East China Sea
With countries anxious about Soviet incursions, USA and Japan, among others have had air defence zones, since the early days of the cold war. Japan has held the uninhabited Senkaku islands in the East China Sea since the late 19th century. Since the 1970s China has also claimed the islands, calling them Diaoyu. On 23 November 2013, China declared a huge stretch of international airspace, above the East China Sea, covering the disputed islands, as part of a New Chinese ‘‘Air Defence Identification Zone’’ (ADIZ). The Chinese ADIZ overlaps with a South Korean reef, known as Ieodo. In 2012, the Japanese government purchased from their private owner, three of the five islets it did not own. China despatched surveillance vessels and patrol aircraft, to which Japan responded by scrambling fighter jets. Chinese maps portray the ‘‘Nine-dash line’’, encompassing all the South China Sea. The ADIZ covers Japanese held Territory, and also overlaps significantly with Japan’s own air zone. Taiwan also claims the Senkaku islands. Two US B-52 bombers were sent over to the Senkaku Islands, inside China’s air zone on 26 November 2013. South Korea and Japan claim having flown military aircraft over the zone. As a first revision in its air defence area in 62 years, Seoul has expanded its air zone by about 66,480 sq km, or about two thirds of the size of South Korea, in waters off its south coast.
Assassinations in Honduras
In Gracious a Dios, a remote but heavily militarized corner of north-east Honduras, Human Rights Activists, local leaders, justice officials and journalists are subject to surveillance, death threats, kidnapping and murder. Security force units are using the cover of an anti-drugs campaign to assassinate peasant leaders. The alleged killings are taking place in the coastal areas of La Mosquitia in Gracious a Dios. Since the region is home to potentially large oil and gas fields, British Gas wants to explore in an enterprise that could lead to 50 million Pound of investment, over the next ten years. Cocaine sent by drug cartels to USA, finds a transcrip-ment point in the area. Four villagers, two of them pregnant women, were killed in 2012, when their boat was attacked by a helicopter gunship, in a US-backed offensive against the cartels. British Gas is in discussions with Honduras about security arrangements in Gracious a Dios. Accused of being an assassin for drug lords, Josbin Caballero, a farmer and a son of prominent peasant activist, disappeared in October 2013, after forty soldiers swooped on his home. Awaiting government licenses to begin surveys, British Gas Company has allocated 300,000 Pound over the next two years, for social and environmental projects.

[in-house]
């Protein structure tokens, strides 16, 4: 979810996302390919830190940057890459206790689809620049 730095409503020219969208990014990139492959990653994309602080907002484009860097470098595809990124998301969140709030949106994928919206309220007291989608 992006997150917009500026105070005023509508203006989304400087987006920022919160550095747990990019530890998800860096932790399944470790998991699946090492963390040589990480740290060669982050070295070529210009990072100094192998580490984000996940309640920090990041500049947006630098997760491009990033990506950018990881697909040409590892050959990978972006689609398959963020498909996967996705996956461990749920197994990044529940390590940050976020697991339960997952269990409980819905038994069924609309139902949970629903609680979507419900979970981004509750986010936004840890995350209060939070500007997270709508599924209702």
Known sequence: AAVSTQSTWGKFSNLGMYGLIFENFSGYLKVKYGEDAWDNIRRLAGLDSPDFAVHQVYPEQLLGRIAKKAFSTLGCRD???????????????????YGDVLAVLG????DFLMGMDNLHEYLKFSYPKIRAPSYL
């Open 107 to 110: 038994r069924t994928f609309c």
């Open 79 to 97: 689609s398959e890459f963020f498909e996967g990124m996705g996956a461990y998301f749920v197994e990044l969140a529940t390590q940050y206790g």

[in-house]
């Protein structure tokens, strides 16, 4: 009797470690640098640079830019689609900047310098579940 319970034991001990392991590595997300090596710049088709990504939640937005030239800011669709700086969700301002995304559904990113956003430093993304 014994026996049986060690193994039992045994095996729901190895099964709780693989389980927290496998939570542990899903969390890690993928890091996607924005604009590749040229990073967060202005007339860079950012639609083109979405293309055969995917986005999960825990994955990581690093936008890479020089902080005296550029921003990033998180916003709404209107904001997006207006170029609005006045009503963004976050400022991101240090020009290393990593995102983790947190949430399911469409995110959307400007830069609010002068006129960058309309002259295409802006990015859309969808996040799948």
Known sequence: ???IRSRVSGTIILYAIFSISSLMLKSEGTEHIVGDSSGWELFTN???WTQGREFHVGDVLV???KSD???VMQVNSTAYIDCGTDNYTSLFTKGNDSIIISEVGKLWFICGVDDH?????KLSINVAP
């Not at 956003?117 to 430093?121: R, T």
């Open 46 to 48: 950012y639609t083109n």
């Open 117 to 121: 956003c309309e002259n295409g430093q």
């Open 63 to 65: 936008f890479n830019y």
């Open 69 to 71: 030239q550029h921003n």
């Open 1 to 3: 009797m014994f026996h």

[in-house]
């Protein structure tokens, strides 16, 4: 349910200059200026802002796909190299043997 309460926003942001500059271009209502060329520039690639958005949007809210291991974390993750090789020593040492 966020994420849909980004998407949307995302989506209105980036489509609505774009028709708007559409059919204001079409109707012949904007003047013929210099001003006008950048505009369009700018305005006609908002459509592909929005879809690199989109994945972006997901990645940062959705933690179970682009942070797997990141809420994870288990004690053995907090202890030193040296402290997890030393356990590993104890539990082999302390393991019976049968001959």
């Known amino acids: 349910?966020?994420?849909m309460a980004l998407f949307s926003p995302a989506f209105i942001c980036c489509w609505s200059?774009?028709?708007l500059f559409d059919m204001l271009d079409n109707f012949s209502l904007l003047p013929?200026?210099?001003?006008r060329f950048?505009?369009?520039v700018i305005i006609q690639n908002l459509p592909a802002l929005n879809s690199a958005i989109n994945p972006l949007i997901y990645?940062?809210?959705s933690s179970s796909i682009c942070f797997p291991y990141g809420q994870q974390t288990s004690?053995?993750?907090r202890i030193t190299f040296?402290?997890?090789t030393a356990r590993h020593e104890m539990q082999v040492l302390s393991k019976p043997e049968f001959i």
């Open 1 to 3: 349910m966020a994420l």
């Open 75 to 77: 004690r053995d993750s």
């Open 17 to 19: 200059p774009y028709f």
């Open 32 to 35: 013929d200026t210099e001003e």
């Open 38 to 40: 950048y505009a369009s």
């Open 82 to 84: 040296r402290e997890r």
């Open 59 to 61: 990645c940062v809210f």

Vol. 46, No. 29, Jan 26 -Feb 1, 2014